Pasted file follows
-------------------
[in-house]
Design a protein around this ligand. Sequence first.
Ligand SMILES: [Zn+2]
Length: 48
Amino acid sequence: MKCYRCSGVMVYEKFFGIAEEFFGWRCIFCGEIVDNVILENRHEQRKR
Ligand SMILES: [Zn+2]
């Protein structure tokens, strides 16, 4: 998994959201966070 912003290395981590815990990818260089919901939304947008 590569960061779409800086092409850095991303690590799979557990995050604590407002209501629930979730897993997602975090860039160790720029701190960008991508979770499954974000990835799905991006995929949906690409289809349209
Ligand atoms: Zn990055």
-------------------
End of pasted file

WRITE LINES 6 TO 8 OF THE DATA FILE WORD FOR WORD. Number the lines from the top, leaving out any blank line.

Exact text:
Ligand SMILES: [Zn+2]
């Protein structure tokens, strides 16, 4: 998994959201966070 912003290395981590815990990818260089919901939304947008 590569960061779409800086092409850095991303690590799979557990995050604590407002209501629930979730897993997602975090860039160790720029701190960008991508979770499954974000990835799905991006995929949906690409289809349209
Ligand atoms: Zn990055």